Figures provided exclusively to Marketing by the Advertising Standards Authority (ASA) reveal that 158 ads referencing the environment have attracted complaints so far this year, compared with 264 for the whole of 2008.
Guy Parker, chief executive of the ASA, says of the drop that he is ‘pretty confident that the work we have done has played a significant part'.
He attributes the decline in part to the ‘killer' publicity that results when ASA adjudications uphold complaints. ‘The point of making an environmental claim is to promote your social responsibility,' he says. ‘If the ASA comes down against you, you end up with the opposite of what you intended.'
Oil company Shell, for example, was censured by the ASA in 2007 for implying that it used a significant amount of waste CO2 to grow flowers, when less than 1% was used in this way. It has subsequently found it difficult to shake off accusations of greenwashing from consumers and lobbying groups.
The ASA has also held seminars and advice sessions on the environment that have contributed to marketers' understanding of the rules governing this way to build equity in a brand.
Ian Twinn, public affairs director at ISBA, says: ‘Advertisers are now more aware of the issues, which could be why the figures are down. While they had no intention to greenwash, they were not specific enough when making claims.'
He predicts that a code being drawn up by the Department for Environment, Food and Rural Affairs, due next year, will bring clarity to the area.
However, Twinn also speculates that the decrease in gripes may be because brands have dropped green messaging as a result of the recession or the theme simply falling out of fashion.
Despite the fall in the number of green ads attracting complaints, 2009 is, however, already a record year for the number of environmentally-themed complaints to the ASA. This anomaly is down to the Department of Energy and Climate Change's hard-hitting ‘Act on CO2' campaign, ‘Bedtime stories'.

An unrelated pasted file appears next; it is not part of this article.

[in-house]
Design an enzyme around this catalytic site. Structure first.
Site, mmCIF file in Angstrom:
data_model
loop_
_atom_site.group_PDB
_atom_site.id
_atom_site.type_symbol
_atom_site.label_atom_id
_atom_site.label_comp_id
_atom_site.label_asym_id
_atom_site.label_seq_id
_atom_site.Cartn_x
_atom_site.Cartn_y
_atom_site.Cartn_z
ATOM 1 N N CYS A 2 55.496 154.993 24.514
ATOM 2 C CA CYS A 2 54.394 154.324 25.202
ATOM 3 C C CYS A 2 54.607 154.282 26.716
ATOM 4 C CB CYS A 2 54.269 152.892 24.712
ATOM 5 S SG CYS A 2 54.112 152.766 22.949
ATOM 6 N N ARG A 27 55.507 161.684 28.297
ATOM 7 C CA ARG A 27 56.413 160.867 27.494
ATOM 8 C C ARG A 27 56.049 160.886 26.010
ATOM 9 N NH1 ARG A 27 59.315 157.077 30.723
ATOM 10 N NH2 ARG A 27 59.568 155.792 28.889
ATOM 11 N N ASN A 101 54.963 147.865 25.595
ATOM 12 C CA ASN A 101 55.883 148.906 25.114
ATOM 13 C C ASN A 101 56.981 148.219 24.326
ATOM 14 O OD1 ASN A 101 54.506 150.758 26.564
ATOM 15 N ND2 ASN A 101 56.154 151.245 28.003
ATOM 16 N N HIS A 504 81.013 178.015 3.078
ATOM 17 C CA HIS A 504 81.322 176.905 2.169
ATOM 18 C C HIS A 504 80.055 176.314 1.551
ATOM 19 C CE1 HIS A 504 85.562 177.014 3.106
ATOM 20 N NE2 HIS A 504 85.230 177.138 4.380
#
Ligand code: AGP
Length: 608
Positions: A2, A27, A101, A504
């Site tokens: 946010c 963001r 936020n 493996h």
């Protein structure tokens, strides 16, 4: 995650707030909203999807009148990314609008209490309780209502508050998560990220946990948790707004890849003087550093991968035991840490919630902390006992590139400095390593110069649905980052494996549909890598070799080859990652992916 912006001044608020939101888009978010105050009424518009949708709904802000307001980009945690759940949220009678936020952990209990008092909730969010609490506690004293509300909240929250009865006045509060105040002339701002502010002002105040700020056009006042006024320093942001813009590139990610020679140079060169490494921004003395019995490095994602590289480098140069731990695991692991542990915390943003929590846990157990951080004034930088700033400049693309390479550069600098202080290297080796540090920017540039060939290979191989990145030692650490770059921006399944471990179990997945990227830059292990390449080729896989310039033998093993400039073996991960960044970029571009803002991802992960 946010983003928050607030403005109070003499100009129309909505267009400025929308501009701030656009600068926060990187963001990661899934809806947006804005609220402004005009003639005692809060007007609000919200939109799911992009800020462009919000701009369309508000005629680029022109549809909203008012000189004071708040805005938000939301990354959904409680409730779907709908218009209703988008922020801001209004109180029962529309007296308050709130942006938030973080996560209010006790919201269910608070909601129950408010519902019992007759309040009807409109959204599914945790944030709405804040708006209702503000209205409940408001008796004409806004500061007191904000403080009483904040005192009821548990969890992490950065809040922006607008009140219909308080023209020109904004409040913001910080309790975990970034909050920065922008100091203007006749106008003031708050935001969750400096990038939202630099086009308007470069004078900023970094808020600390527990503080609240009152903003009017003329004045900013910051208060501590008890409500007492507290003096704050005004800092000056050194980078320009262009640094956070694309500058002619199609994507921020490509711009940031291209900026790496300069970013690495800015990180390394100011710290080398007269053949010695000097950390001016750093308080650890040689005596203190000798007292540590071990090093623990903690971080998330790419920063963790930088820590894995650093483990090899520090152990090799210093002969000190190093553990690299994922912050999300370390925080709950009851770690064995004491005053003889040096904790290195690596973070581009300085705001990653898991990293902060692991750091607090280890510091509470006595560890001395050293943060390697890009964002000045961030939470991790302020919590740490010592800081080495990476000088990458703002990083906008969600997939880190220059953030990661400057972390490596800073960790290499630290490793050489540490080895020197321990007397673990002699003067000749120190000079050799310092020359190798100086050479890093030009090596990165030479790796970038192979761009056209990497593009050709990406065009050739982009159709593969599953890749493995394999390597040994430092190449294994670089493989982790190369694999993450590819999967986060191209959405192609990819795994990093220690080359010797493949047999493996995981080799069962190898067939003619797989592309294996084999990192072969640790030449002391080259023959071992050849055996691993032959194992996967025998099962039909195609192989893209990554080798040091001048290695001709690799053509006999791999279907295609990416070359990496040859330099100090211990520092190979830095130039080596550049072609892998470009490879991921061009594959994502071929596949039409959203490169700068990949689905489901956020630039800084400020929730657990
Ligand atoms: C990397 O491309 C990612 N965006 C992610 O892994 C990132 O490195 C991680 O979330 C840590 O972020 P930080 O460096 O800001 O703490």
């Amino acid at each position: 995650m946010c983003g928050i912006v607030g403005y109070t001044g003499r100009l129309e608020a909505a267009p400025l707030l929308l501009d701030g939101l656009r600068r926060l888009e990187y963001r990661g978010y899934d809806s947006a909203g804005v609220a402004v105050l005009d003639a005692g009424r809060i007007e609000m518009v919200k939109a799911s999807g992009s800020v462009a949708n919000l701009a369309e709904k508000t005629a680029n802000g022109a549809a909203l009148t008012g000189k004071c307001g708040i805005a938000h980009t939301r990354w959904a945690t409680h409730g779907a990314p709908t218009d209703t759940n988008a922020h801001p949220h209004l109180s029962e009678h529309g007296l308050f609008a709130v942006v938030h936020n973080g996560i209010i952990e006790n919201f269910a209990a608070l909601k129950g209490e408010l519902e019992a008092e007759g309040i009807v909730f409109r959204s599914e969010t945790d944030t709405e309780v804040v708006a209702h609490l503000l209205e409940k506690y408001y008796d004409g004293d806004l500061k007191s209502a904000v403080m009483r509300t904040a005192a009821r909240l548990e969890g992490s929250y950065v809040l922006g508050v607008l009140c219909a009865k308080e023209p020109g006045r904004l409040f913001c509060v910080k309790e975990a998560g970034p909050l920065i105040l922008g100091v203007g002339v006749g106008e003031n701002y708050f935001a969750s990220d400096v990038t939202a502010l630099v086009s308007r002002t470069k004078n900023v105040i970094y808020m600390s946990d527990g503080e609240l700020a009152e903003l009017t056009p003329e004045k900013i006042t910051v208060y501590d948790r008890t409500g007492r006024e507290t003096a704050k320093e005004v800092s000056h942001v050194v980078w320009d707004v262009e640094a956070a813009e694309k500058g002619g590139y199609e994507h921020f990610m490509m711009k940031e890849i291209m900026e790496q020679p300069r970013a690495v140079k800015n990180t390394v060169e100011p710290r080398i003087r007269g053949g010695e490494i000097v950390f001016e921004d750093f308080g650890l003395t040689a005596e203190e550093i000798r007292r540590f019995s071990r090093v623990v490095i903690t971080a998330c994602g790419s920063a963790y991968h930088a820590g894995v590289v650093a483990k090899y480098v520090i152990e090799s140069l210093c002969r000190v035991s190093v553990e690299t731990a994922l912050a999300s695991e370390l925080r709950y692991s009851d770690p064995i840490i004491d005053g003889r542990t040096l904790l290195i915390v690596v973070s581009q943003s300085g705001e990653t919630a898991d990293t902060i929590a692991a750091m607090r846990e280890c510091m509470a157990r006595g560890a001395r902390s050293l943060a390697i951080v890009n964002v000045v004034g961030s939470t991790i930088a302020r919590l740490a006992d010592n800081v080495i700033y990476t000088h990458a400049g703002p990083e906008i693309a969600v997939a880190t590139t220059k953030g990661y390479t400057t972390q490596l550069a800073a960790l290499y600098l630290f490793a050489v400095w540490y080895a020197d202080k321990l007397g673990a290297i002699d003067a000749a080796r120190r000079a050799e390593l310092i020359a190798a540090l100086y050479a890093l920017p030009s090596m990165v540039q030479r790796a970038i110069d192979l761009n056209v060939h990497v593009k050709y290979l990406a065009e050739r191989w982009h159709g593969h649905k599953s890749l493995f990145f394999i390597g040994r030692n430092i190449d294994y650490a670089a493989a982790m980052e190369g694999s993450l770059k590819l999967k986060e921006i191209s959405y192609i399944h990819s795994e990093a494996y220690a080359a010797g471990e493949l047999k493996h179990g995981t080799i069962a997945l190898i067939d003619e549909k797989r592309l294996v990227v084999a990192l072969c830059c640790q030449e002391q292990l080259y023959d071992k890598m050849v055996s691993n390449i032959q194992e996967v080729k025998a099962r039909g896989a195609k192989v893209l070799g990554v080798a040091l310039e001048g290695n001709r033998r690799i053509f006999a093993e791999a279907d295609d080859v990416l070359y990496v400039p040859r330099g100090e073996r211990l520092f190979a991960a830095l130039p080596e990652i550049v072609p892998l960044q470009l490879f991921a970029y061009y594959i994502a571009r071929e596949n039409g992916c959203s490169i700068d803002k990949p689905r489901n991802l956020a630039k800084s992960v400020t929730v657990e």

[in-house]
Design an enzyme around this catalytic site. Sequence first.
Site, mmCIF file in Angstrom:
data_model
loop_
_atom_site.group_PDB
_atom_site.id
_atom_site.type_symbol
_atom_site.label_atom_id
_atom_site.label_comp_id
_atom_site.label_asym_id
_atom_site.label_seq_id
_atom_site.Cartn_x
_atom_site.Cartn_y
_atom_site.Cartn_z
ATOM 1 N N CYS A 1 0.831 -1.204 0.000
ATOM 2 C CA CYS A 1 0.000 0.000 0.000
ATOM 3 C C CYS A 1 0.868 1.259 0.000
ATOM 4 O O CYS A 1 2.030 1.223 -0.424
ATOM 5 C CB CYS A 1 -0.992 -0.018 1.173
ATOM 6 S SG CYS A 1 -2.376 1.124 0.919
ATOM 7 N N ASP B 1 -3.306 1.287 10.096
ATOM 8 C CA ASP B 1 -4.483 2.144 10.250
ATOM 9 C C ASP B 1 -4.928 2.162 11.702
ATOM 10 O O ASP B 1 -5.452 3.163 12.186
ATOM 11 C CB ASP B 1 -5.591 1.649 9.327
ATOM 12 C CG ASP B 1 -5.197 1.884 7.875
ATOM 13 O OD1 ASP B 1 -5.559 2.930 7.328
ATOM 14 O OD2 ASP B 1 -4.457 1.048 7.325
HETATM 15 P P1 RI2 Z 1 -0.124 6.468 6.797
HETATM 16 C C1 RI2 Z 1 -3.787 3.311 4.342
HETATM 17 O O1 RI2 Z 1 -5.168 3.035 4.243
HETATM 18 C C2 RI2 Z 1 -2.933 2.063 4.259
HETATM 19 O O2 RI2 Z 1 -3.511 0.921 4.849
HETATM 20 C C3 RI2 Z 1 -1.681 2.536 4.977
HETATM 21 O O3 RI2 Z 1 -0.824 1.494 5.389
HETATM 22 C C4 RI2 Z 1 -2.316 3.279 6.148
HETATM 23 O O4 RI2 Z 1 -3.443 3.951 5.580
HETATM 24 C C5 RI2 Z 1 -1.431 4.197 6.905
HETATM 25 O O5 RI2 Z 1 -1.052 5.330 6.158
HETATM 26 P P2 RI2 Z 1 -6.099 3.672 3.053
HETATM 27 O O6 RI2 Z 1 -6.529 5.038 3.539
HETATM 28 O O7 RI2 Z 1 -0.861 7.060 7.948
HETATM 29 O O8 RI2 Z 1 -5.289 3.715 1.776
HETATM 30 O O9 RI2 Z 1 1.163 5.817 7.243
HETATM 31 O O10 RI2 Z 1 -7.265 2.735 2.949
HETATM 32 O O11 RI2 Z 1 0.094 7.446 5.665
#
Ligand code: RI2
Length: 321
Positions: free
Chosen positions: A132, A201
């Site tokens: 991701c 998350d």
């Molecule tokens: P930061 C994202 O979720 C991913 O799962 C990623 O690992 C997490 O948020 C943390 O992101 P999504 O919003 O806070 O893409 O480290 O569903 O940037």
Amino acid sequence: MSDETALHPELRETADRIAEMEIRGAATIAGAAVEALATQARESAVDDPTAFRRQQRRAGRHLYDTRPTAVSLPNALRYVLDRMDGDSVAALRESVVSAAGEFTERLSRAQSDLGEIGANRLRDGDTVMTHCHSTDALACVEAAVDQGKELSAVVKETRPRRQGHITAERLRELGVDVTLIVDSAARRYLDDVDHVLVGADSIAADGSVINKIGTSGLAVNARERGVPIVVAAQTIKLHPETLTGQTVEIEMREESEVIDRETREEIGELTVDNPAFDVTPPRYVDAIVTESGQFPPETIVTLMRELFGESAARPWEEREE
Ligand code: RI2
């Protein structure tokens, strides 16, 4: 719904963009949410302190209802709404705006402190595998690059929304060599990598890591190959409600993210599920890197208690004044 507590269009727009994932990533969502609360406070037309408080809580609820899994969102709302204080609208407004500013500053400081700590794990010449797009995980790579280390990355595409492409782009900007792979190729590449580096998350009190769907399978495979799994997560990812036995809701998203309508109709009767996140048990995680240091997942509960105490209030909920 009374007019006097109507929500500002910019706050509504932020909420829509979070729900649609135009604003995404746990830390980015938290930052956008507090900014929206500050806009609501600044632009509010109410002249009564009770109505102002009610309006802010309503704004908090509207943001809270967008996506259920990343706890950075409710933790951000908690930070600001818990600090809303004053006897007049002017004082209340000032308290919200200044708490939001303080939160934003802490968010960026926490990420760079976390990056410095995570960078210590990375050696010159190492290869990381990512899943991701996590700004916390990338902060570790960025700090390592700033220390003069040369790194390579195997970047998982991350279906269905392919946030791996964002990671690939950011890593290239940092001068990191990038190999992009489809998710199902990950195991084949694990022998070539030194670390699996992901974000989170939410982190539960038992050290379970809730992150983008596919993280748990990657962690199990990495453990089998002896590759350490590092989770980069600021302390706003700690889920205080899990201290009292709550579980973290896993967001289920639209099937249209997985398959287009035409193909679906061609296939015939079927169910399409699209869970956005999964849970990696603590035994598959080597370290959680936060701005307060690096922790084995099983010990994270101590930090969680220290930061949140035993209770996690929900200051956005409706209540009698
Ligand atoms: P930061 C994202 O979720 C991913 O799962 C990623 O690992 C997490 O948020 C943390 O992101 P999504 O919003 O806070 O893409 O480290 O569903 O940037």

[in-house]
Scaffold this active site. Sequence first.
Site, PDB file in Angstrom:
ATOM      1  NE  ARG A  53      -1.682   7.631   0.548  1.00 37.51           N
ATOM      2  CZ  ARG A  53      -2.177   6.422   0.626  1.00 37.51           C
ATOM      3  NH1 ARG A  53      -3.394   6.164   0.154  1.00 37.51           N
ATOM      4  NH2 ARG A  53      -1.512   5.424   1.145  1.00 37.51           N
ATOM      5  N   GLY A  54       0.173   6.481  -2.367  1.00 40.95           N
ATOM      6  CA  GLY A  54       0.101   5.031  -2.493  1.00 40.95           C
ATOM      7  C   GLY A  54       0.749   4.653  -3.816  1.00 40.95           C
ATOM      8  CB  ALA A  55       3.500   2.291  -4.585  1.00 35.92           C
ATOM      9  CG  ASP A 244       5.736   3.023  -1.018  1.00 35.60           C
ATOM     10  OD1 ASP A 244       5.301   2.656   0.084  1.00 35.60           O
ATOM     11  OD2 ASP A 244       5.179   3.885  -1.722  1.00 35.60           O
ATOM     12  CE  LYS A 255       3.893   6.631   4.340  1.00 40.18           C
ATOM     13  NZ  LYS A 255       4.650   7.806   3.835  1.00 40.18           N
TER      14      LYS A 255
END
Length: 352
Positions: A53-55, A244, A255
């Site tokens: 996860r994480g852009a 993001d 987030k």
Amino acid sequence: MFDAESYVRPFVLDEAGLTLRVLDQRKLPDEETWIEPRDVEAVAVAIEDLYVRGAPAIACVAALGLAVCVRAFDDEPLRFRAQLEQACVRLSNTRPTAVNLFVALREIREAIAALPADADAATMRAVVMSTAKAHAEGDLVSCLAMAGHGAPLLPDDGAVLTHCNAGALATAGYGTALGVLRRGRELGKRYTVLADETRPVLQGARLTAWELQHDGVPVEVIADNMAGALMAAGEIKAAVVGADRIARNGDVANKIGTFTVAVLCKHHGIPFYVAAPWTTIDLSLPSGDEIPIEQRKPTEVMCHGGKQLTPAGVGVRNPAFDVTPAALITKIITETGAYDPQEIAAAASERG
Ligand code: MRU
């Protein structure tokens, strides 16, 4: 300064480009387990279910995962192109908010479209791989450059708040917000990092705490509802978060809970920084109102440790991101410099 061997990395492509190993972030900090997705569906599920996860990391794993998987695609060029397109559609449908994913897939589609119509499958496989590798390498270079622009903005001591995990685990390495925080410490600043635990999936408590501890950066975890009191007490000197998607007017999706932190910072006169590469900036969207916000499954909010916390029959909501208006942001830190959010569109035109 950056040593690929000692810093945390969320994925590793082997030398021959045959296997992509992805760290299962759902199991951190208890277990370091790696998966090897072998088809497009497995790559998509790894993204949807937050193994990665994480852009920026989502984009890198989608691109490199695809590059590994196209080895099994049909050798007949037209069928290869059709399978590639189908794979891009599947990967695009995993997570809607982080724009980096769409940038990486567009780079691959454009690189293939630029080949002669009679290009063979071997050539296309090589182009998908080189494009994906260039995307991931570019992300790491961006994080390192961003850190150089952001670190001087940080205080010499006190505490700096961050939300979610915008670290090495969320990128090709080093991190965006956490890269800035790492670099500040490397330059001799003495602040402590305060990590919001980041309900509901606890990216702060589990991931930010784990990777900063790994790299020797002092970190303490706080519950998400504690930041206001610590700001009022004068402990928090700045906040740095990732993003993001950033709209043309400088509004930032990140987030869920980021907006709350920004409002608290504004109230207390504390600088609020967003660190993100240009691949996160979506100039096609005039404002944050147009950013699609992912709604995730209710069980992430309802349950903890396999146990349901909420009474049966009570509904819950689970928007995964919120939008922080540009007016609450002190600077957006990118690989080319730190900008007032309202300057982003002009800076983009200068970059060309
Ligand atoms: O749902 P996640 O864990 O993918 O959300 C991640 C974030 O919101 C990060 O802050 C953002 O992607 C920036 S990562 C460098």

The ad, by Abbott Mead Vickers BBDO, which depicts a doomsday-like outcome if climate change is not tackled, has attracted more than 700 complaints. However, before the ad broke last month, more than 100 fewer complaints about green issues had been received year on year.
Whether the recession, fashion or a more cautious approach by advertisers is driving the downward trend, brands are realising that their reputations can be damaged if their ads break the rules. This, plus the revision of the green claims code, mean the number of transgressions is bound to fall yet further.
Expert view: Why sustainability pays
Robert Tansey, Brand marketing director, Sky
There was a time when customers just wanted to trust you to deliver great-value products, backed by great service. Today, they expect all that and more, and are choosing to place their trust - and their hard-earned money - with brands that take positive action on the issues they really care about.
We believe this trend is set to gather pace over time, so for companies looking to build durable value over the long term, there is a commercial opportunity - and conversely, for those who choose to ignore the trend, a risk.
It's why, in addition to doing the right thing by our customers, suppliers and employees, we have chosen to make a wider contribution. As part of this, we have launched a set of measures to help tackle climate change and further reduce our own impact.
We have been taking action on the environment for about six years. I've lost count of the number of people in that time who have asked why a company like ours with a relatively small carbon footprint, would pitch into the climate-change fight.
It's actually very logical. As a media company with customers in one in three homes across the UK and Ireland, we can reach the places others can't. Through our on-screen and online content offering and the thousands of conversations we have with customers every day, we have an opportunity to make our voice heard, to engage with people and encourage positive change.
While we have made big strides reducing our own impact, we have not yet used the full potential of that reach, perhaps because we did not have a large-scale project to give us focus. To rectify this, we have launched Sky Rainforest Rescue, a three-year partnership with WWF to help save 1bn trees in Brazil's Amazon rainforest.
For the first time, we will be using all our media assets in concert to inspire consumers to join in, come together and make a difference by donating to the campaign - donations we will match. We will also help them find out about and understand the drivers of deforestation - often our own consumption patterns in the West.
Our projects help address critical issues in our society today, but the commercial benefit is also clear: leadership on the issues that count earns consumers' trust and loyalty. Fail to act on that, and your business will count the cost.